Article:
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Dior Shines A Spotlight On Black Feminism With Their Latest Podcast Series

On March 8 of this year, Dior launched it’s “Dior Talks — Feminist Art” podcast to discuss the relationship between feminist theory and art.

Dior's ongoing podcast series has featured conversations with a multitude of women artists from Penny Slinger to Judy Chicago. The most recent guest is that of renowned artist Mickalene Thomas who discusses feminism, Black womanhood, and artistry for Dior’s ‘Feminist Art’ podcast.

Hosted by Katy Hessel, a London-based writer, curator, and art historian, it shares the minds of those who influence the Dior narrative in art and culture. So far, the heritage brand has spoken with artists, curators, and writers— from Maria Grazia Chiuri herself, to Judy Chicago, Tracey Emin, Paola Ugolini, and Tomaso Binga.

The latest interview in its Feminist Art series puts a spotlight on Black visual artist Mickalene Thomas, who candidly shares her thoughts on the representation of Black femininity and about her career as "an observer and documenter of African American womanhood".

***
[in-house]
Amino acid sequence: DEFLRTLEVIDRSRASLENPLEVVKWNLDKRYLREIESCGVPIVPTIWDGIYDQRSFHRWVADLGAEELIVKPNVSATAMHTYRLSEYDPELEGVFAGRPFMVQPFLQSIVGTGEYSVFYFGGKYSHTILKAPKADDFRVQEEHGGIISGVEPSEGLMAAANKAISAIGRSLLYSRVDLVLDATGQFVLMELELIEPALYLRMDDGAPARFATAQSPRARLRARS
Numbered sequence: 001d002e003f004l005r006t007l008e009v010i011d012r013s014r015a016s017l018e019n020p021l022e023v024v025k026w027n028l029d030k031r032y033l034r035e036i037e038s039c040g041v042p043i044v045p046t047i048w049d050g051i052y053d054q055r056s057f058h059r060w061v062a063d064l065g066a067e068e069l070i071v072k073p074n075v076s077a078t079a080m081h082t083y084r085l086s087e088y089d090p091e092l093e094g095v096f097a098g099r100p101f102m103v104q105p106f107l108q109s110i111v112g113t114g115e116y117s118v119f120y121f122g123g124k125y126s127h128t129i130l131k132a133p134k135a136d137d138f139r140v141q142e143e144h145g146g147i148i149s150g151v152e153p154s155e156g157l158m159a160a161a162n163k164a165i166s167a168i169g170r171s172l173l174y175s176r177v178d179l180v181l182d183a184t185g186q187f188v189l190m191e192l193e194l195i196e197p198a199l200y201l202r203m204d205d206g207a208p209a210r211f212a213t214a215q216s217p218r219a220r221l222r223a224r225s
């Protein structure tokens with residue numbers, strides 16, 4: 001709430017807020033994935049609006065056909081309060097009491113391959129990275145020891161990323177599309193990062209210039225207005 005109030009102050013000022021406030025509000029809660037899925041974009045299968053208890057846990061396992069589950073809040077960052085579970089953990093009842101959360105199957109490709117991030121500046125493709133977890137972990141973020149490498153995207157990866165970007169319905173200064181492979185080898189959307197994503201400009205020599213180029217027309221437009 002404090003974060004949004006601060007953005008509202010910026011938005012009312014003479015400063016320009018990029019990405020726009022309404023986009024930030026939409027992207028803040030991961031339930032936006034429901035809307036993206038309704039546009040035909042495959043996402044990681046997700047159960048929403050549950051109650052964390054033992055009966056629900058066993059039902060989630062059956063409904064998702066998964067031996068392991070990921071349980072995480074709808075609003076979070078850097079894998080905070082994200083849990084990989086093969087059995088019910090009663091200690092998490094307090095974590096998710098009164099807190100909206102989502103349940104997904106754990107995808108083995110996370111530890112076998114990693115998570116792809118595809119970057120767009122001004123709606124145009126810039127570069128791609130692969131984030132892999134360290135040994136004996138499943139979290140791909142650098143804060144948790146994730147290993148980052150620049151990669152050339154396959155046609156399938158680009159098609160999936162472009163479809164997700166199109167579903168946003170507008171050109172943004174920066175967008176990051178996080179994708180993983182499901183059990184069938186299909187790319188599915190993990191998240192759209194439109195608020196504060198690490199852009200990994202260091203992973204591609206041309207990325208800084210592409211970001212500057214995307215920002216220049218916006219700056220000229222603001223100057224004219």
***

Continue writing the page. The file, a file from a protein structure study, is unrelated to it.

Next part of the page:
"She knows exactly what she wants, and she's so connected to culture, politics, and society and people, and just in conversation, she's so aware of current events and just the world itself," Thomas says of Maria Grazia Chiuri, Dior's artistic director.

"And I think when you are in a position like she is, that all comes into the creativity. She just sees the world, and she wants to bring that into her conversation. And I think some of the best people want that in their environment, why not?"

Thomas was among the Chiuri-selected team of African artists chosen to show at last year's Cruise collection in Marrakesh.

She reworked the classic Bar jacket by integrating an interpretive patchwork version of a Claude Monet painting on the back.

"The garden is in some way wrapped around the figure, and it can be moved, and it can be worn on her," Thomas says of her design, which was inspired by a residency at Monet's Giverny estate.

On the podcast, Thomas also shares her personal goal to elevate Black women. The artist hopes her works will validate and empower all generations, and encourage them to celebrate their authentic selves.

"When you think historically of the contributions Black women have contributed to society, and what we have done in America, we are still the least paid, the least celebrated, and the least rewarded," Thomas says.

"And I think, as an artist, it is my responsibility to put forth powerful images of Black women for young Black girls to be inspired."